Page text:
Q: Can you describe the situation on the day people were evacuated from Phnom Penh? A: On 16 April 1975, I was in a military fortress in Pochentong. My husband was a soldier and he was in the battlefield. On that day, there were several B49 attacks on the military fortress I was staying at, and there was firing around the area. I hid in a trench with other women to keep safe. And a B49 hit a house nearby. It was on fire. I asked my younger sister to cook rice outside the trench. While cooking rice, the rice pot caught fire due to the shooting. She took it to the trench. There were some people in the trench. The next morning, I told my mother that we should go out of the trench to see the situation, but my mother told me not to go out of the trench. She said it was very dangerous to leave the trench. I looked outside and I saw people fleeing the fortress. I told my mom that people were fleeing the fortress. So we decided to flee the fortress as well. We needed to go through 6 or 7 barbed wire fences. I was wearing a Sarong and the barbed wire tore a part of my sarong. It was a very confusing moment. People just scrambled to leave the fortress as soon as possible. Some people were stampeded on the barbed wire fence. We brought nothing with us except a pack of clothing. We could not take rice. Finally, I successfully got out of the fortress and walked to the rice field where I met Khmer Rouge soldiers. It was 17 April 1979. They were in Khmer Rouge uniforms with folded sleeves. They yelled “Ma’am, please go!” I was so scared of them. Khmer Rouge forces tried to block us, and drove us to Prey Sar area. That day, I had diarrhea and was very weak, while people kept going. I told my mother I was very tired, but my mother told me to keep going. I could not move further, so I told my mother to continue moving with my younger sisters. Then they left me. I looked at them from the distance while bombings were going on around us. I was very concerned about my mother and sisters’ safety. I walked very slowly. Finally, I met my mother at Wat Sleng, Teuk Tha, Kantout, in Kandal province.  We slept and stayed there for a few days. Actually, Khmer Rouge soldiers were not so aggressive, but non-military Khmer Rouge officials were so violent and aggressive. The former had talked to us. I have never seen any torture or killing committed by Khmer Rouge soldiers. So we decided to sleep there overnight. In the morning, my younger sister just went to see the village near the pagoda, and she met Khmer Rouge soldiers. They told her to get chicken from villagers’ houses for cooking. I am telling the truth; I am not exaggerating. They asked her to take more books for writing and to share them with other people. Then, we kept moving, and I saw Lon Nol’s soldiers under arrest. Their hands were tied together with string. Once the string was cut off, they were killed. We walked very far, and I was extremely exhausted. At the time, it was very hard to get drinking water. I felt very thirsty.  We used water from the lake to cook rice, and in the morning, I realized that our cooked rice was red. There were bodies in the lake. The previous evening, I had eaten that rice because I did not know that there were bodies in the lake. There were both soldier and civilian corpses. We kept moving without any direction. On the way, we asked people where Angkar was. We were told that Angkar was ahead. We kept walking aimlessly. We did not know where Angkar was, but the Khmer Rouge told us to go to Angkar. It was around 11 am and I was so hungry, but I did not have any rice at all. People offered me cooked rice. They cooked a pot of red dry season rice, and ate it with palm sugar. It was so delicious, you know. Maybe, it was because I was so hungry that I found the food very delicious. While eating with them, I asked them where Angkar was. They told me to go further. I kept moving. After more than 10km, I still could not find Angkar. Finally, I reached Kat Plouk, Boseth of Kampong Speu. There, I was forced to labor with other villagers. After 10 days, Angkar gave me rice. My whole family received some rice to feed our stomachs. I was tasked to build dykes. I had long hair, and women asked me to get my hair cut. I did not want to get it cut because I loved long hair. However, I was asked questions many times, why I did not get my hair cut. Finally, I got my hair cut. I went to plant rice, in both rainy and dry seasons. The situation was not tough yet in 1975-76. After harvesting, I was supposed to move to a different place in Battambang. I forgot to tell you this. During the Khmer Rouge regime, my parents were allowed to raise chicken. My parents raised hundreds of chickens. Angkar always came to ask for chicken, so that they could use it to prepare food.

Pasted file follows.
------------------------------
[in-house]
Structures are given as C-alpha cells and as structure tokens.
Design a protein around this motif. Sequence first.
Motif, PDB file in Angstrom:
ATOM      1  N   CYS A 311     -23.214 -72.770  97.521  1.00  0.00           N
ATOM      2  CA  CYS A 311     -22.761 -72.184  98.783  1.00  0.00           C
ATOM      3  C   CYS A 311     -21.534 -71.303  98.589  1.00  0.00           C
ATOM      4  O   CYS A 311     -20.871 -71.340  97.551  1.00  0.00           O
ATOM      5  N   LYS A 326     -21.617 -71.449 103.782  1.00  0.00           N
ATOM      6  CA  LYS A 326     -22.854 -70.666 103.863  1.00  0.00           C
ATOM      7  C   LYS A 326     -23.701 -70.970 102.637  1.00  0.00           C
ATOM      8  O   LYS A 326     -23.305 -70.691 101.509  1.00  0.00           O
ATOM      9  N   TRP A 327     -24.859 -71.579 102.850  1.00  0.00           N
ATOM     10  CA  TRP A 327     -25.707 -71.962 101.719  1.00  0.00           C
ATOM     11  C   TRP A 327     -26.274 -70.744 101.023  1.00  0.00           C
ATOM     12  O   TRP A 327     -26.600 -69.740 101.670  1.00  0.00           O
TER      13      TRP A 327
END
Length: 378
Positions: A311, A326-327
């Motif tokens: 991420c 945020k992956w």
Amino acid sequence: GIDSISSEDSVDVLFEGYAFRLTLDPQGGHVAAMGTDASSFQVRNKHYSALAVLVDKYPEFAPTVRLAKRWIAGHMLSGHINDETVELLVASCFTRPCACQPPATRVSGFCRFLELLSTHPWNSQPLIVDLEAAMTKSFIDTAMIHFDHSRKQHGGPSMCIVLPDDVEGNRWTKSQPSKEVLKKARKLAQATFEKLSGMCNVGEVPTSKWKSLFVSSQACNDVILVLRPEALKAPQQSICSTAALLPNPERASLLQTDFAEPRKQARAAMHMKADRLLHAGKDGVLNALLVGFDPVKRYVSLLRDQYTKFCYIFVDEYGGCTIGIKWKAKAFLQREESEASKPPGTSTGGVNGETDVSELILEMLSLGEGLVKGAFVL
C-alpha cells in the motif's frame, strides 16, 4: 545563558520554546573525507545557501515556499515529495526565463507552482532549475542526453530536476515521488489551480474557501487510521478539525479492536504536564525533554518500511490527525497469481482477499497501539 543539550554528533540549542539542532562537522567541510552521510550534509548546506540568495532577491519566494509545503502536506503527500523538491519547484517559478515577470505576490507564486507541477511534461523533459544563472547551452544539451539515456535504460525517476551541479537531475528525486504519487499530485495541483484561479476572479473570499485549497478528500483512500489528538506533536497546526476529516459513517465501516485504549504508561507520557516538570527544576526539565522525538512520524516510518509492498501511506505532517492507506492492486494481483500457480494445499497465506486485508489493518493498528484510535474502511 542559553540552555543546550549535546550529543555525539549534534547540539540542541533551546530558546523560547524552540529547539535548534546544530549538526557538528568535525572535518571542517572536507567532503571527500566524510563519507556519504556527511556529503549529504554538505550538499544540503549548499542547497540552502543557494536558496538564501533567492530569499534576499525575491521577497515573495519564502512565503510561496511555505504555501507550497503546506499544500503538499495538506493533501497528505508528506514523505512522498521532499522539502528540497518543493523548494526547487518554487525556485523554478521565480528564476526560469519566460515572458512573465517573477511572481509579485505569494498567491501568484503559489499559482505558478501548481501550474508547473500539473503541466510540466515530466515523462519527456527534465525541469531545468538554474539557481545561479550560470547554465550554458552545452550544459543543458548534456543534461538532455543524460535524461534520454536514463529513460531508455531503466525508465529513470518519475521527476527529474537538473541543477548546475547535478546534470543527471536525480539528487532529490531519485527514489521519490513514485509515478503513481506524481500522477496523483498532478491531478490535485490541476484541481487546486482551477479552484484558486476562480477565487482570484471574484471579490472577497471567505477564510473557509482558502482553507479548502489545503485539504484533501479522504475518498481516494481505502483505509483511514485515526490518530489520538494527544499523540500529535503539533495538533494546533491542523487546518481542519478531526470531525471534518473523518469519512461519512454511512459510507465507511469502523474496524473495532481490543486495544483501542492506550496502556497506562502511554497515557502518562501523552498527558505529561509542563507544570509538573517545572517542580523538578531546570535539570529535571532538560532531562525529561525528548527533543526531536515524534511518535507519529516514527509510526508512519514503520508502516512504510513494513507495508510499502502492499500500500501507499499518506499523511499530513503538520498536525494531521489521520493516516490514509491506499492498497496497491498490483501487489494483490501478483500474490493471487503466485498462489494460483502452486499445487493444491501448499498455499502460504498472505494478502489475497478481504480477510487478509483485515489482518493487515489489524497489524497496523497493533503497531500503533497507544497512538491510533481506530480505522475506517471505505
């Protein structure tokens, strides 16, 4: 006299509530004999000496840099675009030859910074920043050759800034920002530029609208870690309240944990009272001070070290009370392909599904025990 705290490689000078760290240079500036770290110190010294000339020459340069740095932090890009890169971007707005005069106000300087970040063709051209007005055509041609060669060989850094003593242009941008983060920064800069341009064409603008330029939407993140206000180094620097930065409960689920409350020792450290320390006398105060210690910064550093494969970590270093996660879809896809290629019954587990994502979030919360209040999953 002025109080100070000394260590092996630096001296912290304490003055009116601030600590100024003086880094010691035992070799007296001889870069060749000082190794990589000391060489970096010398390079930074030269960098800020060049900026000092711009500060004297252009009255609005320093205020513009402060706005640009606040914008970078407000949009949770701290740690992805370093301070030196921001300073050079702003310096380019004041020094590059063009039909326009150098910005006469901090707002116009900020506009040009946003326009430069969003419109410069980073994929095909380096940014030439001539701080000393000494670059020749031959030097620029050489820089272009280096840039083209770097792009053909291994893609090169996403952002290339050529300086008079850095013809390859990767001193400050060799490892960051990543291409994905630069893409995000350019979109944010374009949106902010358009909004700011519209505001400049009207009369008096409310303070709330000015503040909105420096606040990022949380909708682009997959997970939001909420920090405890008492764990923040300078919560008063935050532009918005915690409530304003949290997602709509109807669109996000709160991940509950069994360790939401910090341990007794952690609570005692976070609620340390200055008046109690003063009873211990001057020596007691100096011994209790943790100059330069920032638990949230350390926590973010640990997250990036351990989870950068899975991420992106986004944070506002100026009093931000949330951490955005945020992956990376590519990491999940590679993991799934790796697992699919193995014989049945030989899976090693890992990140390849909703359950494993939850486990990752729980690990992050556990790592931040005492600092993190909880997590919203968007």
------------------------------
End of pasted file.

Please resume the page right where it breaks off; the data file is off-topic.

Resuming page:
Q: Were you parents allowed to cook those chickens? A: Not at all. They had to cook the chickens very secretly. We had to eat it secretly. The Khmer Rouge told my father that we had to move to different place. My father cooked a few chickens. He wanted to share those boiled chickens with us. He prepared some basic foods like salt and sugar to be brought along. In the evening, we left our home. We reached National Road 3 of Zone 15, which was under administration of To Mok, one of the top Khmer Rouge leaders. At the time, I had not met him personally. I just heard people say that Ta Mok was very harsh and aggressive. They said that he was very rude. He did not respect the elderly. He told his men to evacuate all villagers to Takeo rather than Battambang. If I were sent to Battambang province, I would have been killed. I walked around 5 days to reach the destination Angkar assigned. On the way, I slept in rice fields and had insufficient food to eat. I met a person who used to live in Phnom Penh near my place. She told me to eat the food I had, because in Takeo everybody will eat communally. I responded to her that “It is fine with me. Eating individually or communally is not a problem”. She further told me “You will learn how terrible the situation is once you reach there.” It was very true. You know, we were forced to eat communally. People cooked around four big caldrons of rice and stew. They shared them with other people. However, we received very small portions. Some people begged for more rice, but they couldn’t get it.  I told them, “We still have some rice. We can cook it. Why bother begging?” Then, we were assigned to live in the village. The village I stayed was close to Takeo town. It is around 5 km away from Takeo town. There was a recruitment for single women to work in the frontline female working brigade. I was married but had no child yet. Therefore, I was recruited into the frontline women working brigade along with other single girls. You know, I was tasked to carry soil. I had to work both day and night without breaks.